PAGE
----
As we all know, Noah and his immediate family are forewarned by God to build an ark that will save them from the flood.  Subsequently, God creates a rainbow in the clouds as a reminder for him to deal better with His own anger and to never again destroy the entire human race.  God’s anger cast upon the world serves as a wake-up call for humans to recognize the danger of uncontrollable anger.  As a cognitively trained therapist, I do not believe in the cathartic release of anger as a healthy coping mechanism.  Anger can be avoided in most situations, if people do not suppress the daily stressors of life, but rather deal with them as they arise.  It is far better to discuss disagreements with one’s partner, openly, rather than to keep them inside oneself only later to explode.

Generations after the flood waters recede, the people erect the Tower of Babel with the goal of reaching up to the Heavens.  It is a time epitomized by human hubris when human life is less important than the clay and brick materials used to erect the Tower.  God does not destroy those that are blasphemous like he chose to do with the more extreme evil that existed before the Flood.  Rather, he will disperse all of humanity throughout the earth causing them to speak different languages.  Perhaps the lesson here is that one opinion, exemplifying uniformity, held by the creators of the Tower is not the best way of adapting to the daily challenges of life.  Diversity brings an increase in the ways that people can approach common barriers or problems.

America was founded on the principle:  E Pluribus Unum.  This Latin phrase means out of many one.  It was the guiding foundation that brought the colonists of the original 13 states together to declare their independence from Great Britain.  No doubt those from the North and the South had very different temperaments and dispositions, but they understood the importance of uniting as One, if they were to free themselves from British rule.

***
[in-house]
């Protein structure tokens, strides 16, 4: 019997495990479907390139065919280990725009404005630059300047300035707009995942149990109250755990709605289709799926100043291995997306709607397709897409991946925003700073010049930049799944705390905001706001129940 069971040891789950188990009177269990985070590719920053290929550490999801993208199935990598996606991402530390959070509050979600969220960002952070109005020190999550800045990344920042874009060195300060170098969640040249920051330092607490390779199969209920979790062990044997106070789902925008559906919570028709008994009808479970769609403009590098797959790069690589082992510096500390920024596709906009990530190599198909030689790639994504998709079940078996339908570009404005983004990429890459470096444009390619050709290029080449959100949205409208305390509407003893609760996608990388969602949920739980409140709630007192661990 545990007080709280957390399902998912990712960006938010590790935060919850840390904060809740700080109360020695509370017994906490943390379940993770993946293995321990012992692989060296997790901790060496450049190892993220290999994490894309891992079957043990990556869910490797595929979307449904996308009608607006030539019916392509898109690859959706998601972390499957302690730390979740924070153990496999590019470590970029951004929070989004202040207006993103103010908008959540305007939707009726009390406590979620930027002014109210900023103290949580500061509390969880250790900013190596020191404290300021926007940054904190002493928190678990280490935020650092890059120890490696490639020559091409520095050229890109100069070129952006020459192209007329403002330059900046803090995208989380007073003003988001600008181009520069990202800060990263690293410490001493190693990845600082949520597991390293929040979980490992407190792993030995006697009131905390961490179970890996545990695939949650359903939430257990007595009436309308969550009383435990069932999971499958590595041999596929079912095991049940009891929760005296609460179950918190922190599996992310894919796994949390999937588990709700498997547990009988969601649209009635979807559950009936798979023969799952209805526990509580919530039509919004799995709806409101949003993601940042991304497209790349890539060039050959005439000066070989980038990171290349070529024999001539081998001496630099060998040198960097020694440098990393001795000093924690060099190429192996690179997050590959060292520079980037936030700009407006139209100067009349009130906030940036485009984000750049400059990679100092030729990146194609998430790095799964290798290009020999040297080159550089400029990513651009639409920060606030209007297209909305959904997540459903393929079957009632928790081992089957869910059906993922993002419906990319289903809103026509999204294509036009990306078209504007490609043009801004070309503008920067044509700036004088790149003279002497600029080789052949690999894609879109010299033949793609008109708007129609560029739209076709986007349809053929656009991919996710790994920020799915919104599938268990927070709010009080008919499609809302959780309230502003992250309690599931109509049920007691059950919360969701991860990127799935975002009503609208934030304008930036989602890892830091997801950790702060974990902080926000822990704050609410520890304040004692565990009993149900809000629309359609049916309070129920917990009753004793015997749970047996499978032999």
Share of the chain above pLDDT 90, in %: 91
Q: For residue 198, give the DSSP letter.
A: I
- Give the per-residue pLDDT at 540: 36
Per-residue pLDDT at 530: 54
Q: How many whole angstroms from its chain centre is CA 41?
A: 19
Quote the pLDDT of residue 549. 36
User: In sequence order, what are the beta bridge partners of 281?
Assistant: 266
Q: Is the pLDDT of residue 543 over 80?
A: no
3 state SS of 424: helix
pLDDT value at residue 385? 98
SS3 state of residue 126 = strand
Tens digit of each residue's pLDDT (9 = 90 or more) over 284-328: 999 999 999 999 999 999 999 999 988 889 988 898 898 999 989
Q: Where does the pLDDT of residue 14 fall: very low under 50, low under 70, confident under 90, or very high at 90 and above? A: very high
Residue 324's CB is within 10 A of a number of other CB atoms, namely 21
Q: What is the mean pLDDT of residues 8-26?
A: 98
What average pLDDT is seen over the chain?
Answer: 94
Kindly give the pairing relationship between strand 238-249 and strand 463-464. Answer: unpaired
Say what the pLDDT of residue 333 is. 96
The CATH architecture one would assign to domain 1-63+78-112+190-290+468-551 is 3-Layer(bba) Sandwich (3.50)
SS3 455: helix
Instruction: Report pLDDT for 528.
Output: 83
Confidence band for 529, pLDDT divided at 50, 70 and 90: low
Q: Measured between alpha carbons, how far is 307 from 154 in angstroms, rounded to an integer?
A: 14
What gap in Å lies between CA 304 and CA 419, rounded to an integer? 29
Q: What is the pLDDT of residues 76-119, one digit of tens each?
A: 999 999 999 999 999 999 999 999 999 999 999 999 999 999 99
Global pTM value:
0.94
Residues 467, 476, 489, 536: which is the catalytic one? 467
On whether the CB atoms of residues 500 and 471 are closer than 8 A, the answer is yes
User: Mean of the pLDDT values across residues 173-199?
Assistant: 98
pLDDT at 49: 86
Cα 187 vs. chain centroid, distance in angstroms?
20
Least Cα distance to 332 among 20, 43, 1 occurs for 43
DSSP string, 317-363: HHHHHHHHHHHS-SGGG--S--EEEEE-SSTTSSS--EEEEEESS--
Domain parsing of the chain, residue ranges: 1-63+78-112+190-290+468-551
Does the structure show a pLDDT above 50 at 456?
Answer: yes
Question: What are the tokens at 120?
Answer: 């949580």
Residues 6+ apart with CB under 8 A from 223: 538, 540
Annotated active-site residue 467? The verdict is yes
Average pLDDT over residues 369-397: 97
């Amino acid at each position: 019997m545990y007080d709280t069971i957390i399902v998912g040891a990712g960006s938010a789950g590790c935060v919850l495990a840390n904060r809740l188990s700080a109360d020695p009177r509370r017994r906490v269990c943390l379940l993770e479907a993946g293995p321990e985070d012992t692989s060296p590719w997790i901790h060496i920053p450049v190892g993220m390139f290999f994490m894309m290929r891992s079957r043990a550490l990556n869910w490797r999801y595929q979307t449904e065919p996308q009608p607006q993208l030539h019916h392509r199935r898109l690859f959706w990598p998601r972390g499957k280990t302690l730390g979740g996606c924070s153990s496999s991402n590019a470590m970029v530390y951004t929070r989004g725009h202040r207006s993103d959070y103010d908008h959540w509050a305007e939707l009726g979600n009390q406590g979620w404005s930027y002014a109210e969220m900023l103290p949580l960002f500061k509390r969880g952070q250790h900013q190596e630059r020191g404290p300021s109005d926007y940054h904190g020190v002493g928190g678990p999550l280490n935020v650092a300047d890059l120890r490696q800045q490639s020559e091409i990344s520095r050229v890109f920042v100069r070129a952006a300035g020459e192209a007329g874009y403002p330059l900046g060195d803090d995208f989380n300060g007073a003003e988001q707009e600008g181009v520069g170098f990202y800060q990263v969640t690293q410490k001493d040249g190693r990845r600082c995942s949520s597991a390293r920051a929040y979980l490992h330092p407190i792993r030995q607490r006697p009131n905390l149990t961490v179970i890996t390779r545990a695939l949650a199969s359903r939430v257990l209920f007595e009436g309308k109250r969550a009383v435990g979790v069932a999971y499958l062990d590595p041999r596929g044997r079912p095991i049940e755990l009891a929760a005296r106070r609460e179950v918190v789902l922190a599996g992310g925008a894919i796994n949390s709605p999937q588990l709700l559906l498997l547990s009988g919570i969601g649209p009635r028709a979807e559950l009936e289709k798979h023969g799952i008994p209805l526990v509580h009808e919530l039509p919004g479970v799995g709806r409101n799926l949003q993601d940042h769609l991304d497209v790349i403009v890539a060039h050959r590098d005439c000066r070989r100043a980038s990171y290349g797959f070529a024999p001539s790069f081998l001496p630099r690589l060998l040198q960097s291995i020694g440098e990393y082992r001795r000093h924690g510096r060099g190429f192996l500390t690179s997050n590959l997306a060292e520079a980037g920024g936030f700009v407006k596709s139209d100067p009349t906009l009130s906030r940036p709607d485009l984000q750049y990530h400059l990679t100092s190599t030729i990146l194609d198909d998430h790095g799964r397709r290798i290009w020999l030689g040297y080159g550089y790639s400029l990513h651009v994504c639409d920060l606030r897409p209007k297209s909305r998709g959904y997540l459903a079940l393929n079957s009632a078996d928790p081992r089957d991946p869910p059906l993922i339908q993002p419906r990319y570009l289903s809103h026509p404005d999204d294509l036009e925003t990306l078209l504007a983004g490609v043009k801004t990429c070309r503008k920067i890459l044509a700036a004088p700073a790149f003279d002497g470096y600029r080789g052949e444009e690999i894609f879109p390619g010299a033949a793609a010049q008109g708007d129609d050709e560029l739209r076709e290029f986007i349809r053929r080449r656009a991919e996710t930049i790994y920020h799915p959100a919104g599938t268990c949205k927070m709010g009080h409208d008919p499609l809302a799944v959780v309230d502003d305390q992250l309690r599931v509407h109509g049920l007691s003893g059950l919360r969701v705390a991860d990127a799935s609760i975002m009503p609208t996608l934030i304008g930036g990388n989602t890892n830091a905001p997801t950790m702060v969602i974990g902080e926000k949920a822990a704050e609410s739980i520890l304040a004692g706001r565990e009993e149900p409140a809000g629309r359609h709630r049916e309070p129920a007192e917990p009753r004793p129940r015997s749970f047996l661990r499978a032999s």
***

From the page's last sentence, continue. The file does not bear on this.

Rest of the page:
We are currently facing a conflict between the political Right and the Left where neither side wishes to engage in meaningful talk with one other.   Social media is inflammatory inasmuch as it packages the news in a way that confirms preexisting biases resulting in exacerbating our differences.  This makes bridging our polarities that much more difficult to do.  The late Rodney King asked: “Can we all get along?”  I am not ruling out that possibility but, as George Orwell put it, “in a time of universal deceit, telling the truth is a revolutionary act.”  My hope is that the election will bring America a leadership that will allow for greater transparency and honesty than what we are presently experiencing.  If this occurs, an act of revolution will not be necessary to change the structure of our government that was founded on democratic principles.

Categories
Baseball

A Great Game

                                          

Let me pause for a moment from the current political chaos that confronts our country, and turn to a still existing passion of mine: baseball.  I have always maintained that the results of sporting events, unlike reality television, are unpredictable.  So it was, with the last game of a best out of five series between the New York Yankees and the Tampa Bay Rays.  Although going into the series of 2020, the Rays had the better record than the Yankees, the latter had suffered the loss of several of their key players during the shortened Covid season due to injuries.  However, in the playoffs to determine who would win the pennant and go on to play in the World Series, New York was at full strength.

This year the Yankee annual payroll was the highest in the major leagues at $113.9 million, with the Dodgers second at $105.5 million.  Tampa Bay’s payroll was the 27th of all 30 teams at $28.6 million.  As the series began, with the exception of perhaps two batters, all of the Yankees were potential home run hitters. They had the look of sluggers emulating their famed past as the Bronx Bombers.  Aaron Judge, Luke Voit, Aaron Hicks and Giancarlo Stanton all brought their own package of peril to any opposing pitcher.  When one looked at the smaller size of the Rays’ players, compared to that of the Yankees, one may have concluded this to be a battle between David and Goliath.